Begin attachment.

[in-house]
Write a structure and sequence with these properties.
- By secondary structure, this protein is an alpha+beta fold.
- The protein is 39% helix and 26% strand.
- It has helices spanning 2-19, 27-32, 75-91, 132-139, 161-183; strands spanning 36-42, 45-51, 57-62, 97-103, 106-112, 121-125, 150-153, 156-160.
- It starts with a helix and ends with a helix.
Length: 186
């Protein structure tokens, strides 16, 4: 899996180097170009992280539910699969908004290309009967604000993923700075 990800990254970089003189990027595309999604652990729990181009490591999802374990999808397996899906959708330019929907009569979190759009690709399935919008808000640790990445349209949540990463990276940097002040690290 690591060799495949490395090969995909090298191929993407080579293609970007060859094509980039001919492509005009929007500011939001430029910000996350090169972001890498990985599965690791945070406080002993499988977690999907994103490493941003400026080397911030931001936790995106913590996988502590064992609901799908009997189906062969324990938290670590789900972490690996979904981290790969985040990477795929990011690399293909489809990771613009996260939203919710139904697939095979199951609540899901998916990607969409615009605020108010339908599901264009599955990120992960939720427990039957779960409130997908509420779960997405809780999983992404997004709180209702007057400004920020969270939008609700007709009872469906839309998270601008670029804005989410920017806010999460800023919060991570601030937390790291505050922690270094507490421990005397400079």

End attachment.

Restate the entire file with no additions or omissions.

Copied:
[in-house]
Write a structure and sequence with these properties.
- By secondary structure, this protein is an alpha+beta fold.
- The protein is 39% helix and 26% strand.
- It has helices spanning 2-19, 27-32, 75-91, 132-139, 161-183; strands spanning 36-42, 45-51, 57-62, 97-103, 106-112, 121-125, 150-153, 156-160.
- It starts with a helix and ends with a helix.
Length: 186
């Protein structure tokens, strides 16, 4: 899996180097170009992280539910699969908004290309009967604000993923700075 990800990254970089003189990027595309999604652990729990181009490591999802374990999808397996899906959708330019929907009569979190759009690709399935919008808000640790990445349209949540990463990276940097002040690290 690591060799495949490395090969995909090298191929993407080579293609970007060859094509980039001919492509005009929007500011939001430029910000996350090169972001890498990985599965690791945070406080002993499988977690999907994103490493941003400026080397911030931001936790995106913590996988502590064992609901799908009997189906062969324990938290670590789900972490690996979904981290790969985040990477795929990011690399293909489809990771613009996260939203919710139904697939095979199951609540899901998916990607969409615009605020108010339908599901264009599955990120992960939720427990039957779960409130997908509420779960997405809780999983992404997004709180209702007057400004920020969270939008609700007709009872469906839309998270601008670029804005989410920017806010999460800023919060991570601030937390790291505050922690270094507490421990005397400079």